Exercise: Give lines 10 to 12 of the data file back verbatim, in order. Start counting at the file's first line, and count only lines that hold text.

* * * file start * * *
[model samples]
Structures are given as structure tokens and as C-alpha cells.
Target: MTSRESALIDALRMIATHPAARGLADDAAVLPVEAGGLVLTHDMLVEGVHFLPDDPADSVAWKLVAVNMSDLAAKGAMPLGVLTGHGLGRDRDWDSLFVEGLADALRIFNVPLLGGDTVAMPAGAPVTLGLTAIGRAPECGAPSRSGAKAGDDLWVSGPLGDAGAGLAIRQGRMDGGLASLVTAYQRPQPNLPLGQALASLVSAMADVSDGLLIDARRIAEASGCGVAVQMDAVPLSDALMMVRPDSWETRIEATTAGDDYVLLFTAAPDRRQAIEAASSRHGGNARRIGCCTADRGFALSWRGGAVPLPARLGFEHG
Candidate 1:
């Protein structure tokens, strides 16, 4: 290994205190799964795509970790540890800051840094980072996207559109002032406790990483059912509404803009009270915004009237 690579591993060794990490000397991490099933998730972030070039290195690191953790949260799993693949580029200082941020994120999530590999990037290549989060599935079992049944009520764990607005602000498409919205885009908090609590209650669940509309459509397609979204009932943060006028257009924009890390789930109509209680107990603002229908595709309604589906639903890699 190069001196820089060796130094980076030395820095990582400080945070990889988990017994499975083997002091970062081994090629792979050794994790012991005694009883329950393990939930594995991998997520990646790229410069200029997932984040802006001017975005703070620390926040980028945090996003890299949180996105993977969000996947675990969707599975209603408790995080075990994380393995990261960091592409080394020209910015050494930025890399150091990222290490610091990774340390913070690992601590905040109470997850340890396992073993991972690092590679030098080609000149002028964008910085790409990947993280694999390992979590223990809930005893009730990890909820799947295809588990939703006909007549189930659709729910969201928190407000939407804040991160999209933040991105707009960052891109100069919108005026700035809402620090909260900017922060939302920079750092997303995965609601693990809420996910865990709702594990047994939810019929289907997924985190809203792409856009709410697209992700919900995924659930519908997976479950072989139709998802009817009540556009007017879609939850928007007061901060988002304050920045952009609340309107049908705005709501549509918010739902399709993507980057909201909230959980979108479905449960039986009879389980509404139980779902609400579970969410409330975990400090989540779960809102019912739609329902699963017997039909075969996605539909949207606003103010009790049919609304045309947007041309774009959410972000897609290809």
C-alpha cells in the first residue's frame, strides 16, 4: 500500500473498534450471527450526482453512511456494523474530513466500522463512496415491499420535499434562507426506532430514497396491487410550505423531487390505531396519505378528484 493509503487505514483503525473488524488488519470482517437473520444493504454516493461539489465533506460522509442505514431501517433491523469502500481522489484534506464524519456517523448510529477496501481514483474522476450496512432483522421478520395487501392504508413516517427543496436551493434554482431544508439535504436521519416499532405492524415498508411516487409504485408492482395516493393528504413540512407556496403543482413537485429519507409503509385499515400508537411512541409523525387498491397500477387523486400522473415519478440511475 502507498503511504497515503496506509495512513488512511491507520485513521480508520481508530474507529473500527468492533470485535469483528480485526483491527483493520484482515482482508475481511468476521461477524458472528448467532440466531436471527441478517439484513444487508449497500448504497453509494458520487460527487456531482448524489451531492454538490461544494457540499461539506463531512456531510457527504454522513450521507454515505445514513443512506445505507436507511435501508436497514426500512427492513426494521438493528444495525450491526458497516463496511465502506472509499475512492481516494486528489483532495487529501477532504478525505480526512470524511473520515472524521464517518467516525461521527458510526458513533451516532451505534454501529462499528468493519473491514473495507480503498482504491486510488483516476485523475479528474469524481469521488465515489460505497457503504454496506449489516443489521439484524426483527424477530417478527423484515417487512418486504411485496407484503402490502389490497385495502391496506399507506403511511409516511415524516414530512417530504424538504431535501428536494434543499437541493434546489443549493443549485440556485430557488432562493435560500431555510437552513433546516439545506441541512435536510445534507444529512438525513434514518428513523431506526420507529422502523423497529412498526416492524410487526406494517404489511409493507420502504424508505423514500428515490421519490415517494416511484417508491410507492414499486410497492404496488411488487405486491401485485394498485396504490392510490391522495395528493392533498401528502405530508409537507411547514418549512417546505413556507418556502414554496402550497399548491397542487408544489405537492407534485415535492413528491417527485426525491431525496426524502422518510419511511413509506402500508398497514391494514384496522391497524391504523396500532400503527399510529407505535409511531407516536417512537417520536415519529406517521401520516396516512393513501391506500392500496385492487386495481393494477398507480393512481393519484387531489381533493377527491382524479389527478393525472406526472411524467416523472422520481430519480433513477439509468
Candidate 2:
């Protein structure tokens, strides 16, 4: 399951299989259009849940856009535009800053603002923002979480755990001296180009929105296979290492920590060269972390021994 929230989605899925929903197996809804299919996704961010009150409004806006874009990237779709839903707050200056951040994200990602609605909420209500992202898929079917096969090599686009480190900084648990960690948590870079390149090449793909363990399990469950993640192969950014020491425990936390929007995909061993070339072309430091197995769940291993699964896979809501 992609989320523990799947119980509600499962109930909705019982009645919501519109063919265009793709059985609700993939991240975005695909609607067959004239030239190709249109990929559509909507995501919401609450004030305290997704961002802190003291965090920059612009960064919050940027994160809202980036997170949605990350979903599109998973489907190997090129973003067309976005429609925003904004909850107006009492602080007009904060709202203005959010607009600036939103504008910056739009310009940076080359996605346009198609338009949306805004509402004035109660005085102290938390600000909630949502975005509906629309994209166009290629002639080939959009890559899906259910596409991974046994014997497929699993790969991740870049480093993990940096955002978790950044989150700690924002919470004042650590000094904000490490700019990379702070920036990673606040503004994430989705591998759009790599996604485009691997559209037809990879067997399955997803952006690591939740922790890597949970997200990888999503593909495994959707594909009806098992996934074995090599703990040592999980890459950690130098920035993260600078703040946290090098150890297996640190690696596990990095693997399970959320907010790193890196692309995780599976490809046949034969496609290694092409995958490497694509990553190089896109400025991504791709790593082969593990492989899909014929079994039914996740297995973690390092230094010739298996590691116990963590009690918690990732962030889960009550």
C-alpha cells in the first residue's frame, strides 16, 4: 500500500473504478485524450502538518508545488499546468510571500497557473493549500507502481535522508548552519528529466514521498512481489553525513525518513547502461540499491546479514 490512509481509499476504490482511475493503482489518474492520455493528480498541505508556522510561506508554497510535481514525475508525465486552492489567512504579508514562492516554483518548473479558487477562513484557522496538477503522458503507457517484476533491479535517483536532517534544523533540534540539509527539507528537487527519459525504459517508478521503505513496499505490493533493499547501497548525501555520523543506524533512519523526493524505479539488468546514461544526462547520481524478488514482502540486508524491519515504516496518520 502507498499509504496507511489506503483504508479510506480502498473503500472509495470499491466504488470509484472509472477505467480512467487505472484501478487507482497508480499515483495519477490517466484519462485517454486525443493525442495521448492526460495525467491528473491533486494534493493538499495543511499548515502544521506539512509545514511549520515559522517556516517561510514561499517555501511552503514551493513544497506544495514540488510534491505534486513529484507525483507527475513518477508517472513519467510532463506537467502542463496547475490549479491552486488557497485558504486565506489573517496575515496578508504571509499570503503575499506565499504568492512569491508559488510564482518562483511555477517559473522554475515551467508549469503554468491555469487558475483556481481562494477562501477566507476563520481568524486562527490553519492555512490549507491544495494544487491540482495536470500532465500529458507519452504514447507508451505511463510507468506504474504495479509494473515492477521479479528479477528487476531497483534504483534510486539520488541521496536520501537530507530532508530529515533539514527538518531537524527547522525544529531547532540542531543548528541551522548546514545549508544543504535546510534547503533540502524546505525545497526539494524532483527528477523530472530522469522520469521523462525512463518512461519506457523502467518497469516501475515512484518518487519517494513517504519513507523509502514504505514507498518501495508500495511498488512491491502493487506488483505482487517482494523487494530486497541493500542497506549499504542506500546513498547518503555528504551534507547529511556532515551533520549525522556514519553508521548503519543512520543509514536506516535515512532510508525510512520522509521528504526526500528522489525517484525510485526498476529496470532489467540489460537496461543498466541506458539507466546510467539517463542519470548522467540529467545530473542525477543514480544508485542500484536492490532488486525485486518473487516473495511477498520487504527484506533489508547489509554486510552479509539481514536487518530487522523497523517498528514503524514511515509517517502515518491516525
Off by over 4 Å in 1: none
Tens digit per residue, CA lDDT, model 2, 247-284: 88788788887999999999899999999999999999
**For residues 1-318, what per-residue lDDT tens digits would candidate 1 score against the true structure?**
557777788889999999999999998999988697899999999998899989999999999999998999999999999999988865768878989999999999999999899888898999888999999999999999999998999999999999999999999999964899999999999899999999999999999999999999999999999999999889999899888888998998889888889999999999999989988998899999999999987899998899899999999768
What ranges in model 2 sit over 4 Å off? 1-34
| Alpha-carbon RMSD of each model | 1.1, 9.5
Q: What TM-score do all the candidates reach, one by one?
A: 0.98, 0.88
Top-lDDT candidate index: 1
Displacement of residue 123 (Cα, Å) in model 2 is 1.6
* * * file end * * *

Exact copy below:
Off by over 4 Å in 1: none
Tens digit per residue, CA lDDT, model 2, 247-284: 88788788887999999999899999999999999999
**For residues 1-318, what per-residue lDDT tens digits would candidate 1 score against the true structure?**